We have become comfortably used to neat summaries of “what’s going on”. It seems to be part of our modern empirical paradigm and it consolidates nicely the materialistic standpoint.
It is strange though, if you give it more thought, we are inclined to analyse and disperse rather than synthesize and concentrate, yet we like a summary, perhaps so that we can dissect it all once the general readership has been fed the plot?
Probably one of the neatest stories we, in the west, have been fed since the time we started to learn history, is that our civilisation is founded on Greek wisdom. Yet, the Greeks recognised Egyptian teachings as the veritable source of knowledge and wisdom. Plato and Pythagoras, to mention just two celebrated characters, studied in Egypt for lengthy periods and borrowed heavily, as is only natural if you are learning. It might be an oversimplification in statement although not of intention but it was Aristotle, Plato’s acolyte, who broke with the Egyptian tradition and decided that empiricism is the way to go and that the only method to assess the world around us is with what he decided quite vicariously we humans possess, five senses. That of course also fits well into the physical paradigm but unfortunately disregards the human experience.
In the final analysis we know only one thing – I am.
Knowing involves what appear to be two human intelligences, the consciously intuitive heart and the reasoning faculty of the brain. Perhaps as the first is not positioned near the head, it does not hear reason, so it needs to be developed if you want to become (more) aware of the reality sensed by the heart’s sensitivity to vibration, which is where a few more senses come into action, namely the skin and the bones that pick up both internal and external vibrations and feed them through to the nervous system. It could further be maintained that such a welcome process of development would also lead to a more harmonious relationship with the cerebral, which is the domain of education and the “system” we all adhere to, totally or in part.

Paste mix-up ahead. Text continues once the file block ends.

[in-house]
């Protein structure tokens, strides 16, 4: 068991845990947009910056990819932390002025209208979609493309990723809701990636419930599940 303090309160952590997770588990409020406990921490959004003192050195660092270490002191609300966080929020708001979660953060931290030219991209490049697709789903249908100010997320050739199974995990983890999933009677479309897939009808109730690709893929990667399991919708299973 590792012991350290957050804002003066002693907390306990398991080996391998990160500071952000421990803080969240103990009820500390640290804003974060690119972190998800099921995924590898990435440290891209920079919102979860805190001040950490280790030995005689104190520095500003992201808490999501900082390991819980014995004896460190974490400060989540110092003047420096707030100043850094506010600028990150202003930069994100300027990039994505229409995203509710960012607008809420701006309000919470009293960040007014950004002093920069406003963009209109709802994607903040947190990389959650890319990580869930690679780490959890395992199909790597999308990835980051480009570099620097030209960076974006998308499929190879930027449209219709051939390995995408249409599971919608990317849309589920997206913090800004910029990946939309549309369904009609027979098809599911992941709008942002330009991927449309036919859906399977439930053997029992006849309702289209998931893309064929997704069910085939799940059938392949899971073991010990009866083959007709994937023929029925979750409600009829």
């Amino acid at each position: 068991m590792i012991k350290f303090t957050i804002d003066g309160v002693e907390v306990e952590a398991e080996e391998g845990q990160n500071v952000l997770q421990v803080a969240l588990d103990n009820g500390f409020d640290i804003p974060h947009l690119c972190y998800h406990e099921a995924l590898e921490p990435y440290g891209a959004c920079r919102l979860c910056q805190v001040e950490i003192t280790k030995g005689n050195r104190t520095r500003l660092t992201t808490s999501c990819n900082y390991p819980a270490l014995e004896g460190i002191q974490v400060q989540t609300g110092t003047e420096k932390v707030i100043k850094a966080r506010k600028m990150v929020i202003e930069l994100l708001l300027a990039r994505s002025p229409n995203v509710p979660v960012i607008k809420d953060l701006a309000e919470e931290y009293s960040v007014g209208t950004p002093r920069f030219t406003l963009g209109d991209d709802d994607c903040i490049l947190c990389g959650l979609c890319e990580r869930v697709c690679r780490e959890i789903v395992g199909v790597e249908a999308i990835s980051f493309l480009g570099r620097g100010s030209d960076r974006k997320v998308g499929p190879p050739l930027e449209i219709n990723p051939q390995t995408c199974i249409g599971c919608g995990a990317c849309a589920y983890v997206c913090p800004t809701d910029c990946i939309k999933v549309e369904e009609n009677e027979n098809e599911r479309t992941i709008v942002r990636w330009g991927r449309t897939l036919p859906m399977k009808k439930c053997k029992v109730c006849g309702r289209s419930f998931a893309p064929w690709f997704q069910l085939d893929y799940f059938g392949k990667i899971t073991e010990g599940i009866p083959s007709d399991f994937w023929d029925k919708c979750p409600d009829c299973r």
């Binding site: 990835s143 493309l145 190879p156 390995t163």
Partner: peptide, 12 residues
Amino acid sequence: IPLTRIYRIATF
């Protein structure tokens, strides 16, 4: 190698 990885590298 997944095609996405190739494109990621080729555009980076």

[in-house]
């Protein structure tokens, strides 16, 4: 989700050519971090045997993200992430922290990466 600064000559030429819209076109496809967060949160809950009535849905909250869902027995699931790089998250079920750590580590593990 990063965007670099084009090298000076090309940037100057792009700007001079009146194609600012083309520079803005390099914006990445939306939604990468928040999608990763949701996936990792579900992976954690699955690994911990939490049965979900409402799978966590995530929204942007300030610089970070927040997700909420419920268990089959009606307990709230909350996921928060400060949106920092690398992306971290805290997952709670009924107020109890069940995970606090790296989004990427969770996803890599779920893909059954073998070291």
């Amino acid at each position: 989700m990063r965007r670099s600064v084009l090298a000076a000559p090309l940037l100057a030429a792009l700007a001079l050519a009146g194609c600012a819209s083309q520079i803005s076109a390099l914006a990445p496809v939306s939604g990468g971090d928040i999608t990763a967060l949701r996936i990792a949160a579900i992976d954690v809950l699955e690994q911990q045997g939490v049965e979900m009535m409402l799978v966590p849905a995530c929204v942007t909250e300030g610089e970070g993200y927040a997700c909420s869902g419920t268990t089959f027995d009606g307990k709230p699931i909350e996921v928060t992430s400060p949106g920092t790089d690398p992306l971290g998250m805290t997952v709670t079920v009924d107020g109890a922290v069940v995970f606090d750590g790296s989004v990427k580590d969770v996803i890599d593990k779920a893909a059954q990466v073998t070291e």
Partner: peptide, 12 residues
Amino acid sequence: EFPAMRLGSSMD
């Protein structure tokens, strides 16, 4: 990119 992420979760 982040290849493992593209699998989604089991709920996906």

The “heart” knows that “I am” because of the constant vibration that pulses in it whilst alive, day in, day out, giving it the intimate conviction of existence. This awareness of life as we call it, without clarifying or defining the function, is shared by the heart as part of all that surrounds it in the phenomenal world, a resonance. The heart seems to regulate the organism in relation to the rest of nature and ensures the correct function of the metabolism as a function of its immediate environment. It all works as a vibrational ONE.
The brain, at some distance from the heart, knows “I am” because the physical sense-organs in the immediate vicinity inform it that there is a body interacting with its environment, it then assumes the notion of “I” to itself alone, investing the mind-body complex with a stolen identity.
There is not very much that we can and do understand in so many aspects of our lives for a whole variety of reasons, some apparent, others less so and maintaining a myth is therefore perhaps quite normal practice, but it would be of interest to develop this notion further, for if we want to live to the maximum of our abilities it might be a good idea to reconsider and stop accepting what we are told without question!
If we are sincere in seeking a sense to life a little demystification might be a good place to start.
Everything seems to work with or thanks to some form of energy. Starting with the human body, as that is where our individual ball starts rolling, we have an “electric” impulse that pulsates in the heart and feeds on through the organs and cells. What then happens is the “world” and rather too large a subject to be dealt with here – if such were even possible. What happens before is what counts. Where does that impulse originate? Is it a spark from the Supreme Intelligence or God? Is it a centripetal/centrifugal frequency randomly evolved on the face of our planet? Is it a figment of the imagination, albeit very real? Whose imagination?